Not that the new guys don’t have ideas of their own, some taken from other minor-league parks where they proved successful. There will be small touches like beer vendors being introduced by name to the fans before games. A no-ticket-wasted policy allows fans to switch tickets to another game if something comes up. A new $5 seat is being offered.
“It’s a great, affordable night out with the family, whether you like baseball or not,” Slammers general manager Chris Franklin said. “We have folks who just come back for the (Friday night) fireworks shows.”
Weddings and bar mitzvahs?
The Slammers hope to bring in people when there are no games, too. The team now has a special events coordinator, Lauren Las, who interned with the Washington Nationals, whose park was used for weddings and bar mitzvahs on off days.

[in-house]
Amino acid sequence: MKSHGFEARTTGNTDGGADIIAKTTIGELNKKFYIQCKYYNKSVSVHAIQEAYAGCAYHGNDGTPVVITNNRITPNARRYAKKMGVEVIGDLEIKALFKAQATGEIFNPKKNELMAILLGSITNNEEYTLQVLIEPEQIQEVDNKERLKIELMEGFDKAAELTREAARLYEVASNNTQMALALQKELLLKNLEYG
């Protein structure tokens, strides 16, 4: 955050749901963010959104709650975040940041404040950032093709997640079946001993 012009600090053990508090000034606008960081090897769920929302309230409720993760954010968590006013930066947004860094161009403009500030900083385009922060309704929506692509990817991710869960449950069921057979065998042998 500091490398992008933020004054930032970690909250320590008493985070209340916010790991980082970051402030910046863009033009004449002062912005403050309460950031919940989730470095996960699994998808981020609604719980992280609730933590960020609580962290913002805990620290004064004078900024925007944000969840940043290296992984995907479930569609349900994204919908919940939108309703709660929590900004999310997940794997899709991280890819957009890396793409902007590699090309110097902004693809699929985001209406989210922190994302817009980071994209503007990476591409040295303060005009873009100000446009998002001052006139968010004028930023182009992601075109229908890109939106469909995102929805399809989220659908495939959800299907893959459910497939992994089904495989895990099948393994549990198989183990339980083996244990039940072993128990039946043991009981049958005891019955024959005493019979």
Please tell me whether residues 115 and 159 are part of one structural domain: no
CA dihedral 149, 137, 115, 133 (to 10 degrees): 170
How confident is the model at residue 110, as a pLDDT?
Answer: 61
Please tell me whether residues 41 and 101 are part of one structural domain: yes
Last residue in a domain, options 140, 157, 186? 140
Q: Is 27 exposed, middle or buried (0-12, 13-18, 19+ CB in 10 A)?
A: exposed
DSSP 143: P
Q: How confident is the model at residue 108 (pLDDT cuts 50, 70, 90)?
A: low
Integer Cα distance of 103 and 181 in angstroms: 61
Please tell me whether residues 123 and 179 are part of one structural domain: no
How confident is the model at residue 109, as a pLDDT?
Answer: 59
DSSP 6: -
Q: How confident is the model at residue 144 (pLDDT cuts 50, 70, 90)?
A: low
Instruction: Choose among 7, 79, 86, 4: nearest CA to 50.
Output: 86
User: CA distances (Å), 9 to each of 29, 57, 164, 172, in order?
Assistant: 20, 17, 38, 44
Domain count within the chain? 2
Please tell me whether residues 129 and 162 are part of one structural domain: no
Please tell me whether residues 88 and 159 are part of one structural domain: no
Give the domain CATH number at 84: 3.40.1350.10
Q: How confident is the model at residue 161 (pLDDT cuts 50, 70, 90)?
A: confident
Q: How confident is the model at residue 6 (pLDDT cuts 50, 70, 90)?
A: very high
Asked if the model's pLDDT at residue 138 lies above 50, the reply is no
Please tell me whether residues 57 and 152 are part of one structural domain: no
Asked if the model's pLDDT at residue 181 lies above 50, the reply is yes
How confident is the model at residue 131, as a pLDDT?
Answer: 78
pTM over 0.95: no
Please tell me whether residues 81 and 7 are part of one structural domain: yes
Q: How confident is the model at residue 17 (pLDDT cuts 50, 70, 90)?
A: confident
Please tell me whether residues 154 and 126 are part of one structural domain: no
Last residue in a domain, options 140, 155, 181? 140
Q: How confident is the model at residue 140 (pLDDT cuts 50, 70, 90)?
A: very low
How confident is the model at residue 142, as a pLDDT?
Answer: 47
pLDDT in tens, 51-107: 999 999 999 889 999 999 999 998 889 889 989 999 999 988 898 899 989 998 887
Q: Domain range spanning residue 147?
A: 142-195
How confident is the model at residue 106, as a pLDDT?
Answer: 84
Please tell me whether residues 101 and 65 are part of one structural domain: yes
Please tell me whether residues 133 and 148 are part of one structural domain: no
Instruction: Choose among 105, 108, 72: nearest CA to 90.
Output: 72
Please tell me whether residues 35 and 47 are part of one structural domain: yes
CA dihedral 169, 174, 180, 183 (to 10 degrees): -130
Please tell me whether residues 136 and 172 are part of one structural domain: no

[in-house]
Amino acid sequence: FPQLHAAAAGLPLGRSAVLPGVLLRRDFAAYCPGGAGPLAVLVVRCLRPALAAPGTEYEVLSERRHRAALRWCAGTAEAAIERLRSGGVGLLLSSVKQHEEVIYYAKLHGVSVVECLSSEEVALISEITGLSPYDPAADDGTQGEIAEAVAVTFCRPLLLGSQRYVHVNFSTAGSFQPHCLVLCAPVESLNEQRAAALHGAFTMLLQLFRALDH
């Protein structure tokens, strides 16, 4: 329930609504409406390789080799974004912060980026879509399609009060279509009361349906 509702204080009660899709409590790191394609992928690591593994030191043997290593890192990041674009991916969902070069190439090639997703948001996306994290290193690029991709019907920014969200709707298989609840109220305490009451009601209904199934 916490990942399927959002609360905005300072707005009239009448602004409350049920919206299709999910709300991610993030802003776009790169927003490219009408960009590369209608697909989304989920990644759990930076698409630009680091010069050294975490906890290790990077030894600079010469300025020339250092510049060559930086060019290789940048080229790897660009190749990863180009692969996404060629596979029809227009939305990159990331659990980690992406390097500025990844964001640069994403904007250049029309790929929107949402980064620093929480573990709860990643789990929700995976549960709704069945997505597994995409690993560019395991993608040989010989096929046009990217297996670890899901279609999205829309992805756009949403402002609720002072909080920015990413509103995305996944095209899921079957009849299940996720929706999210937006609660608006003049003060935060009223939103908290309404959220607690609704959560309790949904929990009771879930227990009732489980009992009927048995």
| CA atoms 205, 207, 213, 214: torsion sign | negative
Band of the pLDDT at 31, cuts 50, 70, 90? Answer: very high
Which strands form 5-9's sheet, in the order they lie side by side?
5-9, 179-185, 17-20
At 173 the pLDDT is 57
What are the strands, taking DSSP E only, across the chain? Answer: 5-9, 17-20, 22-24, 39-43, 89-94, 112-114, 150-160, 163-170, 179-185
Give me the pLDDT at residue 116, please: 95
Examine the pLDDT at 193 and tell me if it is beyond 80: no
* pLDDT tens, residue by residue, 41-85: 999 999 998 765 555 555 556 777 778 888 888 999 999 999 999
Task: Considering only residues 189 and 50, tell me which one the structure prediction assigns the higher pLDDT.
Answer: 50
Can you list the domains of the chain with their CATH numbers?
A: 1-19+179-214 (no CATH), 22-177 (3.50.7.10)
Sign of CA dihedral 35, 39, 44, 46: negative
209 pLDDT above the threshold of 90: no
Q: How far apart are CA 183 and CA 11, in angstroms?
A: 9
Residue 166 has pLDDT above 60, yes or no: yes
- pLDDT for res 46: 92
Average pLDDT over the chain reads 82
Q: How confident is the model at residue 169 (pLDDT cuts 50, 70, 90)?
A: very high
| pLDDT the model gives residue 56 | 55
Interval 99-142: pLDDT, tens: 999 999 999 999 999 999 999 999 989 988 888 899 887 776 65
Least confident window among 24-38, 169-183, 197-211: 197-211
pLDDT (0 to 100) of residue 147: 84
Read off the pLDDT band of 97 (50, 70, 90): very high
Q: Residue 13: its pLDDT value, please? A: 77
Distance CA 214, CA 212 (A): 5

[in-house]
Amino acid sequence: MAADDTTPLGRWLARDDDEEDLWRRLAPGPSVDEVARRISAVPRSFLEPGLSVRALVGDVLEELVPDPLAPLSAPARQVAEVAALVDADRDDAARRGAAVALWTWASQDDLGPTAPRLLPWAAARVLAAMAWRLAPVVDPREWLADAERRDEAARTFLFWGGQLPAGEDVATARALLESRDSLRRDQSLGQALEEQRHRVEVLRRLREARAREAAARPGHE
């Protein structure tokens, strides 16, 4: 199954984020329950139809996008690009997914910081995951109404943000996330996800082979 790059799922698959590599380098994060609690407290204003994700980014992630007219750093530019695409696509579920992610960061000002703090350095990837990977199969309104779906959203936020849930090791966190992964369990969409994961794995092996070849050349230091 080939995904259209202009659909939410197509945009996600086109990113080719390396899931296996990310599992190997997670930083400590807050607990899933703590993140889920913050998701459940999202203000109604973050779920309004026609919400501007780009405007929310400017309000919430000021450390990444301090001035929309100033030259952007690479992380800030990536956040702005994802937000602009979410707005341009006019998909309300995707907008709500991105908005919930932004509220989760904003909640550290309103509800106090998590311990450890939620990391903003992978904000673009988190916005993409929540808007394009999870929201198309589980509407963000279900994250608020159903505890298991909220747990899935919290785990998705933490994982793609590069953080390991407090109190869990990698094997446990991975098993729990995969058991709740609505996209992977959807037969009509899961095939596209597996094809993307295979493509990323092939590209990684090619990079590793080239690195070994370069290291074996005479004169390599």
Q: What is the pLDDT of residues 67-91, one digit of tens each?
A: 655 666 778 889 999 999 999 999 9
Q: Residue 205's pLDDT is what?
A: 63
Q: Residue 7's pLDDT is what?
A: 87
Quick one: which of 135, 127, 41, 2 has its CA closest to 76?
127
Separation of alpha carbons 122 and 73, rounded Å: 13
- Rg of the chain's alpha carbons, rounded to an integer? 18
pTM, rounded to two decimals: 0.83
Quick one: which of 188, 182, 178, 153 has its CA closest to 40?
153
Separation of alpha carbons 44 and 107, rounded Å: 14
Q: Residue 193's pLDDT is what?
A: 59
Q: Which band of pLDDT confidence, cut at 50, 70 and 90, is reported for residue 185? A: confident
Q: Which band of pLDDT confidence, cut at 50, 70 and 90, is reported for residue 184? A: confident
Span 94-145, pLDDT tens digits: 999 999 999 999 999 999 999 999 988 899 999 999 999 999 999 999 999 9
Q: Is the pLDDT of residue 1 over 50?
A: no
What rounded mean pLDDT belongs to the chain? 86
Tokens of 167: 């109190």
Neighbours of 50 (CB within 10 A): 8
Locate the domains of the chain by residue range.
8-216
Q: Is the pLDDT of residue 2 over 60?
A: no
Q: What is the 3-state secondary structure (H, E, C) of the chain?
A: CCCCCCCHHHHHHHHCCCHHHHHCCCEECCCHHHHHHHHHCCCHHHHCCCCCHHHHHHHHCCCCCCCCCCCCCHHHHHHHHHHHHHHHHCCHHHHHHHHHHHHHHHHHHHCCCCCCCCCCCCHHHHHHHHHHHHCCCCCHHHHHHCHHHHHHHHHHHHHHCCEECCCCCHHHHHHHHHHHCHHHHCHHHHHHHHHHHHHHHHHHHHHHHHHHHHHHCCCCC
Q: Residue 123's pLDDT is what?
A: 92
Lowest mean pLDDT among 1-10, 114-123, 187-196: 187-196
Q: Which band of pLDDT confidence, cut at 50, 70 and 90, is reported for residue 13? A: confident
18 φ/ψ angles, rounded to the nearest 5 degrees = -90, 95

The Slammers have been lining up church outings for the stadium, and Las said she’d like to host retirement parties and other special occasions. No wedding or bar mitzvah has been scheduled yet, but the team has a website, www.silvercrossfield.com, dedicated to marketing the stadium for non-baseball events.
The site lists five movie nights, starting June 14 with a showing of “Monsters, Inc.” For $1, families can lie on the grass, watch a movie and eat ballpark food at discount prices. On June 15, Silver Cross Field will host a yard sale. The Hopstring Fest music event is returning on Aug. 24.
With all the high hopes that come with the start of another baseball season, the outfield wall at Silver Cross Field is a reminder that business is not what it was when the JackHammers started in 2002 and played in a packed park. The wall, once filled with advertising signs, has several empty spots.
Schaub said some of those spots will fill up as the season goes on. He acknowledges that the Slammers need to build back a business that was damaged by the recession.
“The economy really took a hit on a lot of people,” Schaub said. “We’re bringing back some value-driven things that should really attract people.”